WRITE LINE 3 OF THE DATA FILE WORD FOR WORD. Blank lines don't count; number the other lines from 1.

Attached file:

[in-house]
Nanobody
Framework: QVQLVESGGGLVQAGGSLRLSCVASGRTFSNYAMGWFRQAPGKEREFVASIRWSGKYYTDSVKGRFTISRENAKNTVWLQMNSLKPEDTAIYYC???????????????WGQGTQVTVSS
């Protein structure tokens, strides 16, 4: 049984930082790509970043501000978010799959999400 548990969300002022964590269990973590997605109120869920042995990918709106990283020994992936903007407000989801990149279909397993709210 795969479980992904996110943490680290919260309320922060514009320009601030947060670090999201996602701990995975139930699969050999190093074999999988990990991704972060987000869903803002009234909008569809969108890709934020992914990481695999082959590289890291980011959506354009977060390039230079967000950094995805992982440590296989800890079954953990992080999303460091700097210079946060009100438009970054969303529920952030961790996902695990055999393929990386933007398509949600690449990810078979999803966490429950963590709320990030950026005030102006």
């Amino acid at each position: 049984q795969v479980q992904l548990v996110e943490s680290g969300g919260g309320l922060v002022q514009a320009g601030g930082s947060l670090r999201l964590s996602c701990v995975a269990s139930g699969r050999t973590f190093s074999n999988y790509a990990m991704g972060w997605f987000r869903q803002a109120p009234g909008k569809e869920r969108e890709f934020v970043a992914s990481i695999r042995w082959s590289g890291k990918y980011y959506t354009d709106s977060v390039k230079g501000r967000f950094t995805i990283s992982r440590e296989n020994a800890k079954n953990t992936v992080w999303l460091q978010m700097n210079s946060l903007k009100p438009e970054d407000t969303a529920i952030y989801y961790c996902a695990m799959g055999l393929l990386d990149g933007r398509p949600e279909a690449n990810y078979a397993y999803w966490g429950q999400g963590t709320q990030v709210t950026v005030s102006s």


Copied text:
Framework: QVQLVESGGGLVQAGGSLRLSCVASGRTFSNYAMGWFRQAPGKEREFVASIRWSGKYYTDSVKGRFTISRENAKNTVWLQMNSLKPEDTAIYYC???????????????WGQGTQVTVSS